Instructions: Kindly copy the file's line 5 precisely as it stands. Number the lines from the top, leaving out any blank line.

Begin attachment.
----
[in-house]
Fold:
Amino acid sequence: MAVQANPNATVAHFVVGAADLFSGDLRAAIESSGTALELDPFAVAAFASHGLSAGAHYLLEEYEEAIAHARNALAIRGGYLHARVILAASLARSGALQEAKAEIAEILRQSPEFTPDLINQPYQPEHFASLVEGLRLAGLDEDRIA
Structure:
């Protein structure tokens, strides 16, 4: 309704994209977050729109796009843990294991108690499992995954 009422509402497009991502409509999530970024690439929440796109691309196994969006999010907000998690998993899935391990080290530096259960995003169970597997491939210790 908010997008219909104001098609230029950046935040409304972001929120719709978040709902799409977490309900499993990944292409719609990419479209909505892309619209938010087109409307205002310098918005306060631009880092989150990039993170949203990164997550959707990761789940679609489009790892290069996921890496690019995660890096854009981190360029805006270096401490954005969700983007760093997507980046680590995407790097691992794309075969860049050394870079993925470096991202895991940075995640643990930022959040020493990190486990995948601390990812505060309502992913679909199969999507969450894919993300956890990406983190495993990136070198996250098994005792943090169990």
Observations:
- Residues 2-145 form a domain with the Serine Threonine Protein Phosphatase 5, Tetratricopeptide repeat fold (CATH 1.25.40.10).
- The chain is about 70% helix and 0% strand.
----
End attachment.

């Protein structure tokens, strides 16, 4: 309704994209977050729109796009843990294991108690499992995954 009422509402497009991502409509999530970024690439929440796109691309196994969006999010907000998690998993899935391990080290530096259960995003169970597997491939210790 908010997008219909104001098609230029950046935040409304972001929120719709978040709902799409977490309900499993990944292409719609990419479209909505892309619209938010087109409307205002310098918005306060631009880092989150990039993170949203990164997550959707990761789940679609489009790892290069996921890496690019995660890096854009981190360029805006270096401490954005969700983007760093997507980046680590995407790097691992794309075969860049050394870079993925470096991202895991940075995640643990930022959040020493990190486990995948601390990812505060309502992913679909199969999507969450894919993300956890990406983190495993990136070198996250098994005792943090169990």